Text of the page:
• The risk of fireworks injury is more than twice as high for children ages 10–14 as for the general population. Children should never participate in setting off fireworks, and they should remain a safe distance way from where fireworks are being set off.
  • Sparklers may seem harmless, but the tip of a sparkler burns at a temperature of more than 1,200 degrees Fahrenheit. That is hot enough to cause third-degree burns.
  • A person is legally responsible for any fire started or damage caused by fireworks they ignite.

Additional safety guidelines are available on the National Fire Protection Agency website.

Noted previously in this article, but bears repeating … Please remember that it is illegal to use fireworks at city parks! This is not only to keep our parks safe for all to enjoy, but also to help keep them free from the debris that fireworks create (and careless revelers often leave behind).​

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Special ​​​Accomodati​​​​ons

If you know a city resident who requires this newsletter in an alternative format, please email the city communications office or call 734.794.6110, extension 41105.

All persons are encouraged to participate in public meetings. Accommodations, including sign language interpreters, may be arranged by contacting the City Clerk's office at 734.794.6140; via email to: cityclerk@a2gov.org; or by written request addressed and mailed or delivered to: City Clerk's Office  |  301 E. Huron St.  |  Ann Arbor, MI 48104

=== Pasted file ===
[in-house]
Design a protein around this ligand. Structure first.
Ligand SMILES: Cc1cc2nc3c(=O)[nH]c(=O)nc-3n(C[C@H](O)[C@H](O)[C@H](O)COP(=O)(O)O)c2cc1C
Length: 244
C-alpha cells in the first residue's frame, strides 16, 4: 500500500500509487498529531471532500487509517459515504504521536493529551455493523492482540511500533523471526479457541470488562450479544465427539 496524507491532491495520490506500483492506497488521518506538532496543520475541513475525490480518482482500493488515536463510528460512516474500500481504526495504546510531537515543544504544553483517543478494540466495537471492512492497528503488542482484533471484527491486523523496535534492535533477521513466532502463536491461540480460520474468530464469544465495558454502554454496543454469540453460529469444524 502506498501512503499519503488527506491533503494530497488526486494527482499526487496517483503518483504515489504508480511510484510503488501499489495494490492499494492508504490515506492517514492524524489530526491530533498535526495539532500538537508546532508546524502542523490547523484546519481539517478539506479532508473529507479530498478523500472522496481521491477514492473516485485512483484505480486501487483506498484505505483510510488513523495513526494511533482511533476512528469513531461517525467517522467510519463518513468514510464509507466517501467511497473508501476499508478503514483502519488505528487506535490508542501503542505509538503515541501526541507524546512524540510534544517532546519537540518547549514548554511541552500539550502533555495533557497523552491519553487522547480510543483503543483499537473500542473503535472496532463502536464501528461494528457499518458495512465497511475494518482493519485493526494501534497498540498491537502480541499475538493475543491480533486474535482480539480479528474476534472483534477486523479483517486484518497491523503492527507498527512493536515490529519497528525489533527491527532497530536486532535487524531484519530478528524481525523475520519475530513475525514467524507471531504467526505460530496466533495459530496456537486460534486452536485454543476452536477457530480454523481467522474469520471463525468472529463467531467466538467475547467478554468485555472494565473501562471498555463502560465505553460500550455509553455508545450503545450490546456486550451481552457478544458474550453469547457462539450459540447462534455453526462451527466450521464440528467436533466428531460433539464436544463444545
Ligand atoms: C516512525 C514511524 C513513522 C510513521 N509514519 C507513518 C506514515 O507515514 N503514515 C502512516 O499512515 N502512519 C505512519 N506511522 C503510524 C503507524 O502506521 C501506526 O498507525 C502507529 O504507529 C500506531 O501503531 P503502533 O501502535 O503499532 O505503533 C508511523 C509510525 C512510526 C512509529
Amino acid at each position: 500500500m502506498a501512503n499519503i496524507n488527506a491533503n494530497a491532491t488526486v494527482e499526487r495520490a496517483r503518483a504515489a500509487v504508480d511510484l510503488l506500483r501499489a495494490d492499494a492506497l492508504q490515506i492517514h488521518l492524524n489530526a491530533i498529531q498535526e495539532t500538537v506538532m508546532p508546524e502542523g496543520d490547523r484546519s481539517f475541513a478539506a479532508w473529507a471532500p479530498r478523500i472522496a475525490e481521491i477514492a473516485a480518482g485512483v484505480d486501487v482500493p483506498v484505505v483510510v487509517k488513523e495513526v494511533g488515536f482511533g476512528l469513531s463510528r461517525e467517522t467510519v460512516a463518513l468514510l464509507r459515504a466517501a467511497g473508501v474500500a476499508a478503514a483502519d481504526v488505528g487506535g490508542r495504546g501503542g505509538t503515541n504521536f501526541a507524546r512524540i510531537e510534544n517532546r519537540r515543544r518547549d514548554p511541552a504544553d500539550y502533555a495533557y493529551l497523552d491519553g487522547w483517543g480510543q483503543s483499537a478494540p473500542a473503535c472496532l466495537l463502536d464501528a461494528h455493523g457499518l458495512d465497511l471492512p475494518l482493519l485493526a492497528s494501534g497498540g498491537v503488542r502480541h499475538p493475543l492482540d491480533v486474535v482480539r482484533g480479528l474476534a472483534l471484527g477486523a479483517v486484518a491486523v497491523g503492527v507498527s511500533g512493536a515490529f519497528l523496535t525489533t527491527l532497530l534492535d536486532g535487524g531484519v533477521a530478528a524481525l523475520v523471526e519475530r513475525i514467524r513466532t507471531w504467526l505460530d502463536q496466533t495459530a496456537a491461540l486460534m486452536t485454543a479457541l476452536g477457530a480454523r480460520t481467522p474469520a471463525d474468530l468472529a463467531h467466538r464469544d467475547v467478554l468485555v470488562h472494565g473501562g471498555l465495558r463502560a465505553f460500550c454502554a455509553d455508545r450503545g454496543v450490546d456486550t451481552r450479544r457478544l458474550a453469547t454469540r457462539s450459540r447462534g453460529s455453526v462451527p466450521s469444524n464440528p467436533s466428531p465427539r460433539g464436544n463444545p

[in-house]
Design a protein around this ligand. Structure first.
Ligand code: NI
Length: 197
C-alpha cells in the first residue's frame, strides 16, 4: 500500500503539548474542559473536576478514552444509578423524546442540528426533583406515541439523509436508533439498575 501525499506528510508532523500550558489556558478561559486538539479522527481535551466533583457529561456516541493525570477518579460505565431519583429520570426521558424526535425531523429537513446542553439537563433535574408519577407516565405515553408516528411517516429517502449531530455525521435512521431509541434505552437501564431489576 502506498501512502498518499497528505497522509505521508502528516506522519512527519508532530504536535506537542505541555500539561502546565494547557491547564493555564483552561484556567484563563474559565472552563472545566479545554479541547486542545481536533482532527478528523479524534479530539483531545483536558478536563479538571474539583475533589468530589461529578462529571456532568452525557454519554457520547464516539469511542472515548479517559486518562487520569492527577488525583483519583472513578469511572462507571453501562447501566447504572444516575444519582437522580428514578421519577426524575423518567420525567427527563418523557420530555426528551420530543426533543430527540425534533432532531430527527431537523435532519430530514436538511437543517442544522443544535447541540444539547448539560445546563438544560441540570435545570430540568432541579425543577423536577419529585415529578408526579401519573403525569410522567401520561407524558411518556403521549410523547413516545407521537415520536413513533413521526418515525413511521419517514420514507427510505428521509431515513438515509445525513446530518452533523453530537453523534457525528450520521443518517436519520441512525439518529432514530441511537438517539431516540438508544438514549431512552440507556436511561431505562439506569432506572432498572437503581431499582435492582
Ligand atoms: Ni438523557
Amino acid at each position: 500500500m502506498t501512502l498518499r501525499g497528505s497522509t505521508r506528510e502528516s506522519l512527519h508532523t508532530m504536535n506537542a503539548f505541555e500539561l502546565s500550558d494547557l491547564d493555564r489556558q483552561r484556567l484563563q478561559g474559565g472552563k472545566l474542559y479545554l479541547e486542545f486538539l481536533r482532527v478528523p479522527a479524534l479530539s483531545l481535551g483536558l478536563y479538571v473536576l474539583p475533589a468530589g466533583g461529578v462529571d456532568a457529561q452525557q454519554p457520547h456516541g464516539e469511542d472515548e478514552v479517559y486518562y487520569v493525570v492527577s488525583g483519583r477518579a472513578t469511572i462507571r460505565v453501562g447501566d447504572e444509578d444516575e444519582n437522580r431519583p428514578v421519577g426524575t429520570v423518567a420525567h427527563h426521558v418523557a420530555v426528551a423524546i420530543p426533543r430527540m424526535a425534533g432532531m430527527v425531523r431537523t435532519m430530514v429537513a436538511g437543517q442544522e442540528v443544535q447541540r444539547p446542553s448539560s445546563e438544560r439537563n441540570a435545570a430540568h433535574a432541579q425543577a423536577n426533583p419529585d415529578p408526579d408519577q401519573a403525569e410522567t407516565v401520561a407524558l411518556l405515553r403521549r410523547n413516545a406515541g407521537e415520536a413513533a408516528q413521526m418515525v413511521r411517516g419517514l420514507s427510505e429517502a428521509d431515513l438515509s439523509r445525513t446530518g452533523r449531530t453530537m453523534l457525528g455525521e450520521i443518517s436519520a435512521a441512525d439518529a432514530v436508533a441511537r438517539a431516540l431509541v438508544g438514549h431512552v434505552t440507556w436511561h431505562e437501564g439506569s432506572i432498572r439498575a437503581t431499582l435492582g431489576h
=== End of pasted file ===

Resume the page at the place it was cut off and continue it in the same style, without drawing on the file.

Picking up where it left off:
Requests made with less than two business days notice may not be able to be accommodated.

City ​​​Missi​​on ​​

The city's ​mi​​ssion is to deliver exceptional services that sustain and enhance a vibrant, safe and diverse community.​​ 

​Ann Arbor has 119,000 residents, spans 28.82 square miles and is frequently recognized as a foremost place to live, learn, work, thrive and visit. To keep up with City of Ann Arbor information, subscribe for email updates, follow us on Twitter or become a city fan on Facebook

​City Co​​un​cil

​Go to the city’s website for contact information for council members or to determine your ward; or contact the City Clerk’s office, second floor of Larcom City Hall, at 734.794.6140.